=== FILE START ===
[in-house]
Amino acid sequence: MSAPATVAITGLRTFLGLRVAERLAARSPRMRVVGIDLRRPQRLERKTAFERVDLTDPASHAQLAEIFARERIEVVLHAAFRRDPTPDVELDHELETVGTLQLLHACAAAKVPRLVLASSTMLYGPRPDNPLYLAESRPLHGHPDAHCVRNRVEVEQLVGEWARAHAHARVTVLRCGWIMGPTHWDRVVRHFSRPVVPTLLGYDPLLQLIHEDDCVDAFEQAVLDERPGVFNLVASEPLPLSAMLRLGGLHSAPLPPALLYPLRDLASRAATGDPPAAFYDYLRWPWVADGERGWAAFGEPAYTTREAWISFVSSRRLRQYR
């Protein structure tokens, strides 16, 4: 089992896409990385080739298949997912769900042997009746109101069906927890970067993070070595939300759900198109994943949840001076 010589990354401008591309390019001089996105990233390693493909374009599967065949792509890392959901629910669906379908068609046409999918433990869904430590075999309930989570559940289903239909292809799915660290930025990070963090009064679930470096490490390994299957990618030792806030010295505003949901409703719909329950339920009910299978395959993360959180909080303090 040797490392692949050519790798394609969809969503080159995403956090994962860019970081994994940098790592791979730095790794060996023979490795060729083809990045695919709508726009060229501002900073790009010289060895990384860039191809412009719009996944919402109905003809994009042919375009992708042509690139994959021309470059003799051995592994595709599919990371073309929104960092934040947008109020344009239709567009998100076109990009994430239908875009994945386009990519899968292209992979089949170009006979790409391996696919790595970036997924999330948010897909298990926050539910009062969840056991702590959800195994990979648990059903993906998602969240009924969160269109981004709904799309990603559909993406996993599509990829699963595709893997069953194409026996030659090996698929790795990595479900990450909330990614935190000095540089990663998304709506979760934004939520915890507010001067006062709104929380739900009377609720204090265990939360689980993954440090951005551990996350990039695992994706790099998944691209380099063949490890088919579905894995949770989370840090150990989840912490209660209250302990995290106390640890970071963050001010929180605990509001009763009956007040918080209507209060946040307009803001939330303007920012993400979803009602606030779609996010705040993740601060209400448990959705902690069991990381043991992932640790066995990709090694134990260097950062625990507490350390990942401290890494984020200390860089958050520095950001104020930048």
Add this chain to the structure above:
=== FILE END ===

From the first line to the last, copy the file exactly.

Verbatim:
[in-house]
Amino acid sequence: MSAPATVAITGLRTFLGLRVAERLAARSPRMRVVGIDLRRPQRLERKTAFERVDLTDPASHAQLAEIFARERIEVVLHAAFRRDPTPDVELDHELETVGTLQLLHACAAAKVPRLVLASSTMLYGPRPDNPLYLAESRPLHGHPDAHCVRNRVEVEQLVGEWARAHAHARVTVLRCGWIMGPTHWDRVVRHFSRPVVPTLLGYDPLLQLIHEDDCVDAFEQAVLDERPGVFNLVASEPLPLSAMLRLGGLHSAPLPPALLYPLRDLASRAATGDPPAAFYDYLRWPWVADGERGWAAFGEPAYTTREAWISFVSSRRLRQYR
């Protein structure tokens, strides 16, 4: 089992896409990385080739298949997912769900042997009746109101069906927890970067993070070595939300759900198109994943949840001076 010589990354401008591309390019001089996105990233390693493909374009599967065949792509890392959901629910669906379908068609046409999918433990869904430590075999309930989570559940289903239909292809799915660290930025990070963090009064679930470096490490390994299957990618030792806030010295505003949901409703719909329950339920009910299978395959993360959180909080303090 040797490392692949050519790798394609969809969503080159995403956090994962860019970081994994940098790592791979730095790794060996023979490795060729083809990045695919709508726009060229501002900073790009010289060895990384860039191809412009719009996944919402109905003809994009042919375009992708042509690139994959021309470059003799051995592994595709599919990371073309929104960092934040947008109020344009239709567009998100076109990009994430239908875009994945386009990519899968292209992979089949170009006979790409391996696919790595970036997924999330948010897909298990926050539910009062969840056991702590959800195994990979648990059903993906998602969240009924969160269109981004709904799309990603559909993406996993599509990829699963595709893997069953194409026996030659090996698929790795990595479900990450909330990614935190000095540089990663998304709506979760934004939520915890507010001067006062709104929380739900009377609720204090265990939360689980993954440090951005551990996350990039695992994706790099998944691209380099063949490890088919579905894995949770989370840090150990989840912490209660209250302990995290106390640890970071963050001010929180605990509001009763009956007040918080209507209060946040307009803001939330303007920012993400979803009602606030779609996010705040993740601060209400448990959705902690069991990381043991992932640790066995990709090694134990260097950062625990507490350390990942401290890494984020200390860089958050520095950001104020930048």
Add this chain to the structure above: